Chicago Tribune - No Stock Prices For You!

3 comments

Responding to a preference for online information the Chicago Tribune drops stock prices.

Effective Wednesday, Jan. 18, the Chicago Tribune will make several changes in its reporting on investments.

A major change will involve stock listings. The Tribune will continue to publish in the Saturday Business section a complete list of the closing prices of New York Stock Exchange and Nasdaq stocks and major mutual funds for the week.

On Tuesday through Friday, the paper will carry only the closing prices of the top stocks, the most active stocks, companies of local interest, the top mutual funds and other information. Much of the granular daily information on stocks will be available on chicagotribune.com, where readers can get a much wider and more complete range of information.

As the article later states they will save money by not printing those pages everyday which they plan to reallocate into financial reporting.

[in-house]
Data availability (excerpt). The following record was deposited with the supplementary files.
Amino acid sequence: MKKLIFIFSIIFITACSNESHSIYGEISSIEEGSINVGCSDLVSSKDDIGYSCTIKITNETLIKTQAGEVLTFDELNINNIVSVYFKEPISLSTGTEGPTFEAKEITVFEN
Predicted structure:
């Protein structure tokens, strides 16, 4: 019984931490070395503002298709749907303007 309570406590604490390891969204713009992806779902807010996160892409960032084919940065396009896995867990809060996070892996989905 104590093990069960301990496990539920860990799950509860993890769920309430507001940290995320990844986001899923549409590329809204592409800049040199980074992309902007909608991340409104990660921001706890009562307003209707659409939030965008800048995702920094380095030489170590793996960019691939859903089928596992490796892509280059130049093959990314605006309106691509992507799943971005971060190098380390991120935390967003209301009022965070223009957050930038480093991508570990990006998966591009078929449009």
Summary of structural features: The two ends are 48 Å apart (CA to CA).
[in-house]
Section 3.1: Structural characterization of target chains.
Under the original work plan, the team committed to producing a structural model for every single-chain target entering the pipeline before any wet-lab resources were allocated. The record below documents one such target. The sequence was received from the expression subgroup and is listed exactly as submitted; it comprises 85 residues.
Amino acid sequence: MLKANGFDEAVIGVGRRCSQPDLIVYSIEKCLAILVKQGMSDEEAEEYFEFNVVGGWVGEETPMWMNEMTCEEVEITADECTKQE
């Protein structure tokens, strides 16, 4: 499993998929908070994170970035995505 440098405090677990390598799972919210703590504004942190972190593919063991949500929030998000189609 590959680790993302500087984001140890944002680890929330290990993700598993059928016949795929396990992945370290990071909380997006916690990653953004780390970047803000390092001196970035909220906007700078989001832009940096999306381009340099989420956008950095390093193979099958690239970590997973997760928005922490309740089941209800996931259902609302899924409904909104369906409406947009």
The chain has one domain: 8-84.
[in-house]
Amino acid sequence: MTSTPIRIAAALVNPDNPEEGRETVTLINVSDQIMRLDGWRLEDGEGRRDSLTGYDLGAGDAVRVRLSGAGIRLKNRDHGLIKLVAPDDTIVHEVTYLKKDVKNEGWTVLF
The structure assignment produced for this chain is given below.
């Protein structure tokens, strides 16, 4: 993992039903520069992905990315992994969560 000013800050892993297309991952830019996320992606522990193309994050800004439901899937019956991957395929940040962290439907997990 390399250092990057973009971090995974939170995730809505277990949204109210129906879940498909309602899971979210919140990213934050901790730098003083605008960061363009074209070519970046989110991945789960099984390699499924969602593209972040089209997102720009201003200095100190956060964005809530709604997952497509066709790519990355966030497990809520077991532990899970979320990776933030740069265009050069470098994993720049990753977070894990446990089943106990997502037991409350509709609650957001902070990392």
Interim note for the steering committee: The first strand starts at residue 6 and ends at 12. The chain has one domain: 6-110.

How many more newspapers are now going to get in line and follow suit? Clearly yesterday's news can't keep up with the need for up to date financial data, but how can newspapers put a stop to the internet slowly chipping away at their business?

Comments

It really generally was

It really generally was pointless print...pages that were perpetually outdated. Good on them.

The Internet is just a fad

but how can newspapers put a stop to the internet slowly chipping away at their business?

I used to do a fair bit of contract work for www.mediamanagementcenter.org - they have a big name in the newspaper consulting industry. Essentially, newspaper readership has been on a 20 year decline with *no* indication of reversing that trend. TV then Cable TV followed by the upswing of talk radio and niche cable news programs have all taken a bite out of the newspapers. The internet? It will go away... it will go away...

smart move

how can newspapers put a stop to the internet slowly chipping away at their business?

One way: by getting rid of useless, outdated material and instead focusing on something they can do better (in some/most circumstances) than the internet:

financial reporting

Smart move. I believe our local newspaper out here in the boonies did this same thing a year or so ago.

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